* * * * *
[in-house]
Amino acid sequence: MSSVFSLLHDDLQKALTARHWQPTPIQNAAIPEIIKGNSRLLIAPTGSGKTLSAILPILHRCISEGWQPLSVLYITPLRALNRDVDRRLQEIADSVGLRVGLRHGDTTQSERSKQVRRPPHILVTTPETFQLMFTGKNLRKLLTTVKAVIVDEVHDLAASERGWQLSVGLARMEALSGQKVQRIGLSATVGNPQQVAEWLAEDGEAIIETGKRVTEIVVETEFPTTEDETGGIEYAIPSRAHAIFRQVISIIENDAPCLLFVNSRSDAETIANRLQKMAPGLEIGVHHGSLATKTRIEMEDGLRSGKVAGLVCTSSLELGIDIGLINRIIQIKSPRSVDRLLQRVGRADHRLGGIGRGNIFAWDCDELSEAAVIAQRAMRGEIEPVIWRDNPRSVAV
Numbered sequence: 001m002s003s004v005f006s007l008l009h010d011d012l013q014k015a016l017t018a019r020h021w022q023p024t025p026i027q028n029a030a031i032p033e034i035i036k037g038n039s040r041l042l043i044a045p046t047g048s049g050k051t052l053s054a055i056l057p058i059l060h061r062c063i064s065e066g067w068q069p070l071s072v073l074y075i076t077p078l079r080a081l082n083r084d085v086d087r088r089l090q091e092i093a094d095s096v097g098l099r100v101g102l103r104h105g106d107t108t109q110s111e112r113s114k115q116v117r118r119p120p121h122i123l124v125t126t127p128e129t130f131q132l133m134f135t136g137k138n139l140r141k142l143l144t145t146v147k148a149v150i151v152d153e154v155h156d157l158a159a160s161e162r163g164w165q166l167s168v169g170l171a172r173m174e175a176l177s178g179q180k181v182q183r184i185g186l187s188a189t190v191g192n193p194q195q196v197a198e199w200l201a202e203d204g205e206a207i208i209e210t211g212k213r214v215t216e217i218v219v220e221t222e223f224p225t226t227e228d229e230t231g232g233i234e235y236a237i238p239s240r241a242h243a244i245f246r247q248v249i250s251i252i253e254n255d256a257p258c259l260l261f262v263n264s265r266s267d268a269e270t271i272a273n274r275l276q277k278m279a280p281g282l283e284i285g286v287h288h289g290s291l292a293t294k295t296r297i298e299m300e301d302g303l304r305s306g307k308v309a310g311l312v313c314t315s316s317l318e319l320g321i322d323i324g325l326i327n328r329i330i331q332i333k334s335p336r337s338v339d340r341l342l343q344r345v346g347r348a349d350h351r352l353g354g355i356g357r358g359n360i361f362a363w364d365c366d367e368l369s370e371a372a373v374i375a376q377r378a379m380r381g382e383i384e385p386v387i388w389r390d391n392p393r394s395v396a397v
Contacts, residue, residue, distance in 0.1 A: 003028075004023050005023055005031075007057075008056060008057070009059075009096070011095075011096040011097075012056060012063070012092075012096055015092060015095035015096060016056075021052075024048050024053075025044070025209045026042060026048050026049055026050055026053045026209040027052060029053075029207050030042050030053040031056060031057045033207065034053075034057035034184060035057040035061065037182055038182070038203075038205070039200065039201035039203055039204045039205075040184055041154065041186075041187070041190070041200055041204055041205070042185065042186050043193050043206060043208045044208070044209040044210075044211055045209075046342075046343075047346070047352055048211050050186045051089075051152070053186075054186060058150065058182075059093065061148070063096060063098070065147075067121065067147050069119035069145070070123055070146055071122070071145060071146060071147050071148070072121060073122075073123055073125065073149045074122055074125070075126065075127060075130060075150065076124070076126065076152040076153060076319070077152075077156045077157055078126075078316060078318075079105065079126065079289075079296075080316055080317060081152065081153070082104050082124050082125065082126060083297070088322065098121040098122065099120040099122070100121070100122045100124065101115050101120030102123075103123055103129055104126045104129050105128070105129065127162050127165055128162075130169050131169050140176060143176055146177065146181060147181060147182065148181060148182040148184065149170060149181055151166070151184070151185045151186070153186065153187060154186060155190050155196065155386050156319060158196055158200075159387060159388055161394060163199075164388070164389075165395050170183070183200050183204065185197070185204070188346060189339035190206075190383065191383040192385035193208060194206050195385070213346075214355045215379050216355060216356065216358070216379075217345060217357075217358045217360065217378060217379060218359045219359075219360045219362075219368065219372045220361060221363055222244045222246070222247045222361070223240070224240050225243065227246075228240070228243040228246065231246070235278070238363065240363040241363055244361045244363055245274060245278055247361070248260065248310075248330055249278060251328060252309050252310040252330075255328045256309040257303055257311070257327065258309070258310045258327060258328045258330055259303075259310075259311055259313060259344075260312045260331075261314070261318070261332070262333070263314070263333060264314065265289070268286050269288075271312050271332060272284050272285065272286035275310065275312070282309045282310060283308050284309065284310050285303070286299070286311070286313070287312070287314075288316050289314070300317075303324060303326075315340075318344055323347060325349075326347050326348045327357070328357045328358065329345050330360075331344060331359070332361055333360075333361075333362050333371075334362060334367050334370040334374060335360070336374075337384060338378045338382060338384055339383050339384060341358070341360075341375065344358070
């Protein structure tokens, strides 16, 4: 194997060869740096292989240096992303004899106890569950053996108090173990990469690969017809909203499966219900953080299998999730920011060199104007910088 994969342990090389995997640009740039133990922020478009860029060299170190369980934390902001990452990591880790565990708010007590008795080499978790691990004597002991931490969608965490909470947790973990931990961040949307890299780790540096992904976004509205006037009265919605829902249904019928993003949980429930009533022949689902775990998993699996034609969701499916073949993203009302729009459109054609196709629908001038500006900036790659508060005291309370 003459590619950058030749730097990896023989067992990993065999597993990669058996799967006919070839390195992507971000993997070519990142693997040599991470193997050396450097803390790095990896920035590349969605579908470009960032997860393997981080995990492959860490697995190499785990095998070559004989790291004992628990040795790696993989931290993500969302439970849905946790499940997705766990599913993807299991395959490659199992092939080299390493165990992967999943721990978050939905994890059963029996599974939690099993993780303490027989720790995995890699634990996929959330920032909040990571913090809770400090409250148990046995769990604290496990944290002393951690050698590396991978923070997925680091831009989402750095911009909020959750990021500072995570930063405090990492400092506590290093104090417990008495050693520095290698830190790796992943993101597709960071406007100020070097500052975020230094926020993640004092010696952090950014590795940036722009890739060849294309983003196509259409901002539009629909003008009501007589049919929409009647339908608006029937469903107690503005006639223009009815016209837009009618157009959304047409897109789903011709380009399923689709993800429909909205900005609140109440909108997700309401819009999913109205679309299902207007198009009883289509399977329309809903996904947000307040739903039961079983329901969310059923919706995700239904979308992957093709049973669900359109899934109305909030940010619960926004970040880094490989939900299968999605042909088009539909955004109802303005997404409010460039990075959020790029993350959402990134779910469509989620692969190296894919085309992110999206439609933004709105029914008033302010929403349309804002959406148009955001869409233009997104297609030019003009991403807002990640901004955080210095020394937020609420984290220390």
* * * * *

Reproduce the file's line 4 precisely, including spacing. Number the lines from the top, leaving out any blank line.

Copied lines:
Contacts, residue, residue, distance in 0.1 A: 003028075004023050005023055005031075007057075008056060008057070009059075009096070011095075011096040011097075012056060012063070012092075012096055015092060015095035015096060016056075021052075024048050024053075025044070025209045026042060026048050026049055026050055026053045026209040027052060029053075029207050030042050030053040031056060031057045033207065034053075034057035034184060035057040035061065037182055038182070038203075038205070039200065039201035039203055039204045039205075040184055041154065041186075041187070041190070041200055041204055041205070042185065042186050043193050043206060043208045044208070044209040044210075044211055045209075046342075046343075047346070047352055048211050050186045051089075051152070053186075054186060058150065058182075059093065061148070063096060063098070065147075067121065067147050069119035069145070070123055070146055071122070071145060071146060071147050071148070072121060073122075073123055073125065073149045074122055074125070075126065075127060075130060075150065076124070076126065076152040076153060076319070077152075077156045077157055078126075078316060078318075079105065079126065079289075079296075080316055080317060081152065081153070082104050082124050082125065082126060083297070088322065098121040098122065099120040099122070100121070100122045100124065101115050101120030102123075103123055103129055104126045104129050105128070105129065127162050127165055128162075130169050131169050140176060143176055146177065146181060147181060147182065148181060148182040148184065149170060149181055151166070151184070151185045151186070153186065153187060154186060155190050155196065155386050156319060158196055158200075159387060159388055161394060163199075164388070164389075165395050170183070183200050183204065185197070185204070188346060189339035190206075190383065191383040192385035193208060194206050195385070213346075214355045215379050216355060216356065216358070216379075217345060217357075217358045217360065217378060217379060218359045219359075219360045219362075219368065219372045220361060221363055222244045222246070222247045222361070223240070224240050225243065227246075228240070228243040228246065231246070235278070238363065240363040241363055244361045244363055245274060245278055247361070248260065248310075248330055249278060251328060252309050252310040252330075255328045256309040257303055257311070257327065258309070258310045258327060258328045258330055259303075259310075259311055259313060259344075260312045260331075261314070261318070261332070262333070263314070263333060264314065265289070268286050269288075271312050271332060272284050272285065272286035275310065275312070282309045282310060283308050284309065284310050285303070286299070286311070286313070287312070287314075288316050289314070300317075303324060303326075315340075318344055323347060325349075326347050326348045327357070328357045328358065329345050330360075331344060331359070332361055333360075333361075333362050333371075334362060334367050334370040334374060335360070336374075337384060338378045338382060338384055339383050339384060341358070341360075341375065344358070